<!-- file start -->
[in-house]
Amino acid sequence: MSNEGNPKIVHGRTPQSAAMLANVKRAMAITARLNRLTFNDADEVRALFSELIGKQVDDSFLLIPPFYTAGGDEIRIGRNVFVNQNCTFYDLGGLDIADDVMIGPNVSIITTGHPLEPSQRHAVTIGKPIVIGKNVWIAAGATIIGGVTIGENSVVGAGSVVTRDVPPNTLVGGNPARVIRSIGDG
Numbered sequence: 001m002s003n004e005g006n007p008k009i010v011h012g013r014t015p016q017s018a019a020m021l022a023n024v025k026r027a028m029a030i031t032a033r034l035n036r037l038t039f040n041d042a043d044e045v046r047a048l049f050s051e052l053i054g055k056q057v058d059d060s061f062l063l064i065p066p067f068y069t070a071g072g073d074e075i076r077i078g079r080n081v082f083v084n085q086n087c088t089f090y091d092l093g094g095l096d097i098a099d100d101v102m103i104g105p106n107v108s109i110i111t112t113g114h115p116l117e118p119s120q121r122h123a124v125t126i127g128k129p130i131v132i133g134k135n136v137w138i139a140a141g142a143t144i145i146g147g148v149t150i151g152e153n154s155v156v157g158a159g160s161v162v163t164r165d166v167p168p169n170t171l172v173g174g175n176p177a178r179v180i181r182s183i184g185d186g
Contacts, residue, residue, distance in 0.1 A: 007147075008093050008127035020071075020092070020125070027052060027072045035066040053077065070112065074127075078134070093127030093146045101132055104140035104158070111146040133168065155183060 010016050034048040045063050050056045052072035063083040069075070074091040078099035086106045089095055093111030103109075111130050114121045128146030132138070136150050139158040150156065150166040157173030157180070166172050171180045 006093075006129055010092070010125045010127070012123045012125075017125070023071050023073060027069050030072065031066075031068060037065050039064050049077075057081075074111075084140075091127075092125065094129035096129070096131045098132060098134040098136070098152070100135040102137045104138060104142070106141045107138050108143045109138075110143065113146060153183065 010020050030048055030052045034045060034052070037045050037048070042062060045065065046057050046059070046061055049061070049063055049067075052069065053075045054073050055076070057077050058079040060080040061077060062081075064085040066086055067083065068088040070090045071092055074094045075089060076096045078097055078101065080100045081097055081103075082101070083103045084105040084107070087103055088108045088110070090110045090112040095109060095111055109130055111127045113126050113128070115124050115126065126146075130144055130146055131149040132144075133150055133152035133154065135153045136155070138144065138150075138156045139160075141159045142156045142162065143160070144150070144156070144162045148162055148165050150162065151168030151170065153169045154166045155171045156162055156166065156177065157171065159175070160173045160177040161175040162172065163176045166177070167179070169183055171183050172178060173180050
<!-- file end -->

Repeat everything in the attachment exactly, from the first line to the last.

[in-house]
Amino acid sequence: MSNEGNPKIVHGRTPQSAAMLANVKRAMAITARLNRLTFNDADEVRALFSELIGKQVDDSFLLIPPFYTAGGDEIRIGRNVFVNQNCTFYDLGGLDIADDVMIGPNVSIITTGHPLEPSQRHAVTIGKPIVIGKNVWIAAGATIIGGVTIGENSVVGAGSVVTRDVPPNTLVGGNPARVIRSIGDG
Numbered sequence: 001m002s003n004e005g006n007p008k009i010v011h012g013r014t015p016q017s018a019a020m021l022a023n024v025k026r027a028m029a030i031t032a033r034l035n036r037l038t039f040n041d042a043d044e045v046r047a048l049f050s051e052l053i054g055k056q057v058d059d060s061f062l063l064i065p066p067f068y069t070a071g072g073d074e075i076r077i078g079r080n081v082f083v084n085q086n087c088t089f090y091d092l093g094g095l096d097i098a099d100d101v102m103i104g105p106n107v108s109i110i111t112t113g114h115p116l117e118p119s120q121r122h123a124v125t126i127g128k129p130i131v132i133g134k135n136v137w138i139a140a141g142a143t144i145i146g147g148v149t150i151g152e153n154s155v156v157g158a159g160s161v162v163t164r165d166v167p168p169n170t171l172v173g174g175n176p177a178r179v180i181r182s183i184g185d186g
Contacts, residue, residue, distance in 0.1 A: 007147075008093050008127035020071075020092070020125070027052060027072045035066040053077065070112065074127075078134070093127030093146045101132055104140035104158070111146040133168065155183060 010016050034048040045063050050056045052072035063083040069075070074091040078099035086106045089095055093111030103109075111130050114121045128146030132138070136150050139158040150156065150166040157173030157180070166172050171180045 006093075006129055010092070010125045010127070012123045012125075017125070023071050023073060027069050030072065031066075031068060037065050039064050049077075057081075074111075084140075091127075092125065094129035096129070096131045098132060098134040098136070098152070100135040102137045104138060104142070106141045107138050108143045109138075110143065113146060153183065 010020050030048055030052045034045060034052070037045050037048070042062060045065065046057050046059070046061055049061070049063055049067075052069065053075045054073050055076070057077050058079040060080040061077060062081075064085040066086055067083065068088040070090045071092055074094045075089060076096045078097055078101065080100045081097055081103075082101070083103045084105040084107070087103055088108045088110070090110045090112040095109060095111055109130055111127045113126050113128070115124050115126065126146075130144055130146055131149040132144075133150055133152035133154065135153045136155070138144065138150075138156045139160075141159045142156045142162065143160070144150070144156070144162045148162055148165050150162065151168030151170065153169045154166045155171045156162055156166065156177065157171065159175070160173045160177040161175040162172065163176045166177070167179070169183055171183050172178060173180050